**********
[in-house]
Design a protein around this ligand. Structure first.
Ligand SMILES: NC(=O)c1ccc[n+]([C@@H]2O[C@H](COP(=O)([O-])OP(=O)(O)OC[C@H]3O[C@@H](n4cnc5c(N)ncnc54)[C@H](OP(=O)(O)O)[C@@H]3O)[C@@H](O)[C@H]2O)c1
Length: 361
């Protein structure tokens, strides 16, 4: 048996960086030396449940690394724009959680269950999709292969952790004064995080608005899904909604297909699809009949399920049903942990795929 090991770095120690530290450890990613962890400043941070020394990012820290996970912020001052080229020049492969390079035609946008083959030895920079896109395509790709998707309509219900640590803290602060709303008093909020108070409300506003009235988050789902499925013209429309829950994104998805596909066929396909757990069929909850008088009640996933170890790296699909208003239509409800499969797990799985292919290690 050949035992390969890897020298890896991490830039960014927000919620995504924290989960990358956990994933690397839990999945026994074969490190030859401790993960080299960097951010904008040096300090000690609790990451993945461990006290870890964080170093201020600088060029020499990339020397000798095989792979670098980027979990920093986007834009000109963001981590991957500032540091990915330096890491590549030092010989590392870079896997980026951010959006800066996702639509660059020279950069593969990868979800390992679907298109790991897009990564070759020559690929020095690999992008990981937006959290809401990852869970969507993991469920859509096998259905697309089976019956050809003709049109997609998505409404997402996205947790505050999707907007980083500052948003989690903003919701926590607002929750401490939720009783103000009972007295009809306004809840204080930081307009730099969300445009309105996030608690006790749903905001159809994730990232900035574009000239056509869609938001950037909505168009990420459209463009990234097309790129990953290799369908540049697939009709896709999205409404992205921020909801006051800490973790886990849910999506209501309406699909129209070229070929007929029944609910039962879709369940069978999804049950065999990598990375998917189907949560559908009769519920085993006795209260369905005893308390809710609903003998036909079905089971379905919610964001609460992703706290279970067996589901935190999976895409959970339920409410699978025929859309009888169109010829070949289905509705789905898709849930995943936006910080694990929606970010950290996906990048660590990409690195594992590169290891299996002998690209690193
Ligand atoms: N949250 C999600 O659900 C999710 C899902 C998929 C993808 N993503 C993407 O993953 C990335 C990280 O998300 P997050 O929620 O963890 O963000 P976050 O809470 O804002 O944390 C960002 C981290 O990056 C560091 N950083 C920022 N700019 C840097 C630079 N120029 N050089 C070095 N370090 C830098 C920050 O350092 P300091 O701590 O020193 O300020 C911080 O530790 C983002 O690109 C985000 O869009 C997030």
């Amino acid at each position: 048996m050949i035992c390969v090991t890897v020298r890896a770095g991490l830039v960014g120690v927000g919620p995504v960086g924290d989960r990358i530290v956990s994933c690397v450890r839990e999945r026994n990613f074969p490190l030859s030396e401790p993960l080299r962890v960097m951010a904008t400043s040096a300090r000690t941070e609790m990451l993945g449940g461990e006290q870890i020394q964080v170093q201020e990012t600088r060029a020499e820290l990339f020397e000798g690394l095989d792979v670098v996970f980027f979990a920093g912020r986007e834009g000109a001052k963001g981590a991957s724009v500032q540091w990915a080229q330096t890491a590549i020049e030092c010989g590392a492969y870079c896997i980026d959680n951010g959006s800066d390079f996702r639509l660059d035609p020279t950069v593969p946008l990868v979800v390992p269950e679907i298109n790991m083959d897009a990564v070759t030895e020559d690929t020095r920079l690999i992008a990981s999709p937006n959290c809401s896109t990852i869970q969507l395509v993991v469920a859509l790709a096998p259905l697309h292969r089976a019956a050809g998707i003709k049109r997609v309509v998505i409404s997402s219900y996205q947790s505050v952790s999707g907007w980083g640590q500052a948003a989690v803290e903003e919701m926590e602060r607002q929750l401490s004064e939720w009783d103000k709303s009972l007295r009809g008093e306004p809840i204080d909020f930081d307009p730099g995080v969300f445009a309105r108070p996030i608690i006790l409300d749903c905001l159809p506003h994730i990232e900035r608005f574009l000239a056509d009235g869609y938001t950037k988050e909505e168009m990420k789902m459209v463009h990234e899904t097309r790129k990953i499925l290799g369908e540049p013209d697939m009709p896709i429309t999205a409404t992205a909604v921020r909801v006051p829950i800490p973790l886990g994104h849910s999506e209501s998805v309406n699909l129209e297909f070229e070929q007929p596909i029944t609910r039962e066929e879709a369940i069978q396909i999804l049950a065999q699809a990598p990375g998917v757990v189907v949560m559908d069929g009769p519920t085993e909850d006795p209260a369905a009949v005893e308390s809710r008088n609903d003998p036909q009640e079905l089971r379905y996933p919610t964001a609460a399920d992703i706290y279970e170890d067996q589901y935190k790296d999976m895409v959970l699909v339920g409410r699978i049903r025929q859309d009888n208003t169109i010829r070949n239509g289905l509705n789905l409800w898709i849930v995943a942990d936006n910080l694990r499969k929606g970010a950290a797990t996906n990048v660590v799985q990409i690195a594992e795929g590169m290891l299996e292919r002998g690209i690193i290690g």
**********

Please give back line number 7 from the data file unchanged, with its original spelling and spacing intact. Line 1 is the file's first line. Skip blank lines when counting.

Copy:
């Amino acid at each position: 048996m050949i035992c390969v090991t890897v020298r890896a770095g991490l830039v960014g120690v927000g919620p995504v960086g924290d989960r990358i530290v956990s994933c690397v450890r839990e999945r026994n990613f074969p490190l030859s030396e401790p993960l080299r962890v960097m951010a904008t400043s040096a300090r000690t941070e609790m990451l993945g449940g461990e006290q870890i020394q964080v170093q201020e990012t600088r060029a020499e820290l990339f020397e000798g690394l095989d792979v670098v996970f980027f979990a920093g912020r986007e834009g000109a001052k963001g981590a991957s724009v500032q540091w990915a080229q330096t890491a590549i020049e030092c010989g590392a492969y870079c896997i980026d959680n951010g959006s800066d390079f996702r639509l660059d035609p020279t950069v593969p946008l990868v979800v390992p269950e679907i298109n790991m083959d897009a990564v070759t030895e020559d690929t020095r920079l690999i992008a990981s999709p937006n959290c809401s896109t990852i869970q969507l395509v993991v469920a859509l790709a096998p259905l697309h292969r089976a019956a050809g998707i003709k049109r997609v309509v998505i409404s997402s219900y996205q947790s505050v952790s999707g907007w980083g640590q500052a948003a989690v803290e903003e919701m926590e602060r607002q929750l401490s004064e939720w009783d103000k709303s009972l007295r009809g008093e306004p809840i204080d909020f930081d307009p730099g995080v969300f445009a309105r108070p996030i608690i006790l409300d749903c905001l159809p506003h994730i990232e900035r608005f574009l000239a056509d009235g869609y938001t950037k988050e909505e168009m990420k789902m459209v463009h990234e899904t097309r790129k990953i499925l290799g369908e540049p013209d697939m009709p896709i429309t999205a409404t992205a909604v921020r909801v006051p829950i800490p973790l886990g994104h849910s999506e209501s998805v309406n699909l129209e297909f070229e070929q007929p596909i029944t609910r039962e066929e879709a369940i069978q396909i999804l049950a065999q699809a990598p990375g998917v757990v189907v949560m559908d069929g009769p519920t085993e909850d006795p209260a369905a009949v005893e308390s809710r008088n609903d003998p036909q009640e079905l089971r379905y996933p919610t964001a609460a399920d992703i706290y279970e170890d067996q589901y935190k790296d999976m895409v959970l699909v339920g409410r699978i049903r025929q859309d009888n208003t169109i010829r070949n239509g289905l509705n789905l409800w898709i849930v995943a942990d936006n910080l694990r499969k929606g970010a950290a797990t996906n990048v660590v799985q990409i690195a594992e795929g590169m290891l299996e292919r002998g690209i690193i290690g």